Founding director of Dayton Museum of Natural History passes away

Koestner served as director of the museum from 1954 to 1986, and upon retiring, was named Director Emeritus.

A private graveside service for family and friends is scheduled for Thursday in Florida, according to Kristy Creel, senior manager of marketing and public relations for the Dayton Society of Natural History. Lohman Funeral Home is handling the burial service.

“The impact of his legacy — as well as his memorable personality — on our community is obvious by the number of people who still ask about him,” said Mark Meister, President and CEO of the DSNH, in a statement. “The fact is that everything we do today to advance the work of the society is a continuation of what he started nearly 60 years ago.”

Formerly known as The Dayton Museum of Natural History, the museum changed to the Boonshoft Museum of Discovery in 1999 in recognition of Oscar Boonshoft.

Koestner joined the museum in 1949, when it was still part of the Dayton Public Library, and worked part-time as education director until 1954. He then left his job as a school teacher to become the museum’s director.

Koestner opened the Dayton Museum of Natural History on Ridge Avenue in 1958. He continued to teach museum classes, while overseeing the operations and development of the museum. Koestner also wrote a weekly column for the Dayton Daily News from 1954-60.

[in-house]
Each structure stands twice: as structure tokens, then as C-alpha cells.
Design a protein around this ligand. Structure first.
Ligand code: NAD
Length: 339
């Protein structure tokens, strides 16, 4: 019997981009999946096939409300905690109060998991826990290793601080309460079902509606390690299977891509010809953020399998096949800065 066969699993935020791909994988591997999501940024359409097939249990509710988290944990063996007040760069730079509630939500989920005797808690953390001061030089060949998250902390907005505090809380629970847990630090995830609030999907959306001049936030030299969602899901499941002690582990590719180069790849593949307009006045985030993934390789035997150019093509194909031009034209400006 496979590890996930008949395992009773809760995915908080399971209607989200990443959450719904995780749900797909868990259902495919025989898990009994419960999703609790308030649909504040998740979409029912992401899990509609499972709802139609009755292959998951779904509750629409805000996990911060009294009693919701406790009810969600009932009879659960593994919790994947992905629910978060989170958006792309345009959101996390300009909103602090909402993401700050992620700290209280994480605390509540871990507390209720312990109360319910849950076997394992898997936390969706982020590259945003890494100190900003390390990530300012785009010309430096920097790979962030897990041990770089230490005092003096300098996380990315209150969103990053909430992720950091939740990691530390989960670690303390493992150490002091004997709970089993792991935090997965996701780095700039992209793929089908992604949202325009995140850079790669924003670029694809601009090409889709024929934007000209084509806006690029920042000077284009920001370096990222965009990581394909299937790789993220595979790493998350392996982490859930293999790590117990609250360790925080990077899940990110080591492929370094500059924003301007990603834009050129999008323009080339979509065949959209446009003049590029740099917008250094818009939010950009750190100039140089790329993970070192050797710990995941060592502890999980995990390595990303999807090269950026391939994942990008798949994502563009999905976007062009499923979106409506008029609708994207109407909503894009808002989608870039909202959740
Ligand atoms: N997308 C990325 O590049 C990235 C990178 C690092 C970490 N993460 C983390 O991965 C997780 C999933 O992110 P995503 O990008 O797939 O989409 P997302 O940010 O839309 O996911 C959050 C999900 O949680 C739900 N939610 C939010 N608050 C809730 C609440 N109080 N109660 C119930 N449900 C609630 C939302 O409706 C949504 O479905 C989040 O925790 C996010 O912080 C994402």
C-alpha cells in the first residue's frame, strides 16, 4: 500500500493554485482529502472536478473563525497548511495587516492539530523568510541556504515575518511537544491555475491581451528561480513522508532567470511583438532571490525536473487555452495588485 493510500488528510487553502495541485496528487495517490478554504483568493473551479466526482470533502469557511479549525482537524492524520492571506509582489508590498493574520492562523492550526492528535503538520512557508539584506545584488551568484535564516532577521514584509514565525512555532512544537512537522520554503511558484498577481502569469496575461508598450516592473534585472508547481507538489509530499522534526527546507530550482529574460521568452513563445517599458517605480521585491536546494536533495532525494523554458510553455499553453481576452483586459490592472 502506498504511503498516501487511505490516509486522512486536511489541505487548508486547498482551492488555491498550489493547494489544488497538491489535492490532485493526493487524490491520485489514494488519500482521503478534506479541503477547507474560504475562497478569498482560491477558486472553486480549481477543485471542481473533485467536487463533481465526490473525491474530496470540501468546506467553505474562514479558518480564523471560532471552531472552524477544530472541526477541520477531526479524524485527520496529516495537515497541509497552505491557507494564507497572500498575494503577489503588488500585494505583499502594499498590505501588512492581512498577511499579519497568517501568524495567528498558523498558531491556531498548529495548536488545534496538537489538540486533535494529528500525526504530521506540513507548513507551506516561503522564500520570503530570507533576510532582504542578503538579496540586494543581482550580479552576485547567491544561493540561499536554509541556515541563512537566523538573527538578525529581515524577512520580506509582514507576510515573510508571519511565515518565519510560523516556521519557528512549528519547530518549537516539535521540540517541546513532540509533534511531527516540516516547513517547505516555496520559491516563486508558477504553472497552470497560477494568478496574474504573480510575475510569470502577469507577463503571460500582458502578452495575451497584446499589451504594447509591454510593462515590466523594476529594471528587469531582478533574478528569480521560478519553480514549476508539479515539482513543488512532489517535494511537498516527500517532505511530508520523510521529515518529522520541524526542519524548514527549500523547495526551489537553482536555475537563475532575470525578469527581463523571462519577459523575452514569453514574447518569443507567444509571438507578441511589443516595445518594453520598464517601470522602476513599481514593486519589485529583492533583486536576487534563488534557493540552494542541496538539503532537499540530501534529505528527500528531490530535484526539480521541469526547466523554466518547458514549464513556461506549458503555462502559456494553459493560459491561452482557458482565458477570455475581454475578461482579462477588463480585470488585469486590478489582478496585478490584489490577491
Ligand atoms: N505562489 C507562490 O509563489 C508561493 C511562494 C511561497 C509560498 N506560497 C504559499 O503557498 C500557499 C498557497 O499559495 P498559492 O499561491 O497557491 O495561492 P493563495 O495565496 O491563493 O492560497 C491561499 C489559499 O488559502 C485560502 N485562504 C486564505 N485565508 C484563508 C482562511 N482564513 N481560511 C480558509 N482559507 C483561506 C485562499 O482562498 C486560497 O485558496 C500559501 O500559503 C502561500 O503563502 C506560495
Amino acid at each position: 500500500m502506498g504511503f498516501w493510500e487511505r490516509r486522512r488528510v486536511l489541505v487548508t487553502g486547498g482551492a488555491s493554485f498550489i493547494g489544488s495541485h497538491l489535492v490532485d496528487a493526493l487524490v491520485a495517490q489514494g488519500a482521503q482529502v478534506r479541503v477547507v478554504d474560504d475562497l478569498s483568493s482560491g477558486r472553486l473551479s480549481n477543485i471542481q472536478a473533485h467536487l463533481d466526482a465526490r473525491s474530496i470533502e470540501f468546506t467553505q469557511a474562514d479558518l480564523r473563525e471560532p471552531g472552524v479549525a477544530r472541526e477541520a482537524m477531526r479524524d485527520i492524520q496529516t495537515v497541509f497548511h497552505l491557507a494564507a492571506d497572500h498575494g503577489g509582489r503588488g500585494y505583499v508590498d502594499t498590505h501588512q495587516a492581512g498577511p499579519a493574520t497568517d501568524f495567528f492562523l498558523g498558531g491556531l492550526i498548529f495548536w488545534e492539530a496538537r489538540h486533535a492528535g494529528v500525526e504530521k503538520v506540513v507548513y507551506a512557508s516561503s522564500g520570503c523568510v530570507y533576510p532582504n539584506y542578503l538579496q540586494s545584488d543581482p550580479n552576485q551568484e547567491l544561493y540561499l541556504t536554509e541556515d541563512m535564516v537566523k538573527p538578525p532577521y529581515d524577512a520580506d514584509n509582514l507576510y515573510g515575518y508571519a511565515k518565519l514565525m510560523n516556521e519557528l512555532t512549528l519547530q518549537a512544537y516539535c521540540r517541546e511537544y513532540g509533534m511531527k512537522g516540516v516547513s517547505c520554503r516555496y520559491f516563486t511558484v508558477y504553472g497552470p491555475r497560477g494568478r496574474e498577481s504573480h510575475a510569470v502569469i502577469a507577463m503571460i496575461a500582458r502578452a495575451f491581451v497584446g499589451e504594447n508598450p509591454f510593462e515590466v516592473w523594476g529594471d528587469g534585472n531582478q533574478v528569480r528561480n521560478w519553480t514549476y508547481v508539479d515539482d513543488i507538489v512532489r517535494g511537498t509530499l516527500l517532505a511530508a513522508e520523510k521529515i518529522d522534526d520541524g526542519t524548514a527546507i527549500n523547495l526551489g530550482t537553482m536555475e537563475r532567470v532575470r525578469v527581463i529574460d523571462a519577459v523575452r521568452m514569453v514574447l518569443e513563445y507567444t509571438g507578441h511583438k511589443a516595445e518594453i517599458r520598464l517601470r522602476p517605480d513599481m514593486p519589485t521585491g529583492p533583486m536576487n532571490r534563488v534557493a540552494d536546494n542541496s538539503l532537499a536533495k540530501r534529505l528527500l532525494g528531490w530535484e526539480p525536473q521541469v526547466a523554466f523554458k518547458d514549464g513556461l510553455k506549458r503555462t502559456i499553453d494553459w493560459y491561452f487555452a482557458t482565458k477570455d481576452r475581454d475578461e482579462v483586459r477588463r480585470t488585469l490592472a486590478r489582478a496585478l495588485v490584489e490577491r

Jim MacMahon — the Dean of the College of Science at Utah State University — worked at the museum for nearly a decade starting in the mid-1950s while growing up in Dayton.

“He was very knowledgeable of plants and animals, and it rubbed off on me,” MacMahon said. “It set up my life. As a kid, I was interested in that stuff before I met him, but he helped me formalize it into a career that’s lasted this long.”

In 1970, Koestner received the Elsie D.B. Naumburg Award for outstanding museum professionals, and in 1986, he was presented with an honorary doctorate degree from the University of Dayton.

Born in Chatsworth, Ill., Koestner earned a bachelor’s degree in education and a master’s degree in zoology from the University of Illinois. After serving in the U.S. Navy, he came to Dayton in 1949 and taught science at Brookville High School.

“Joe was a wonderful human being, who inspired both kids and adults with his love of the natural sciences,” said William Patterson, a 50-plus year volunteer with the DSNH, in a release. “The museum was his whole life for many years, and I am not certain it would exist today if not for him.”

Memorial contributions can be made to the Nature Conservancy at

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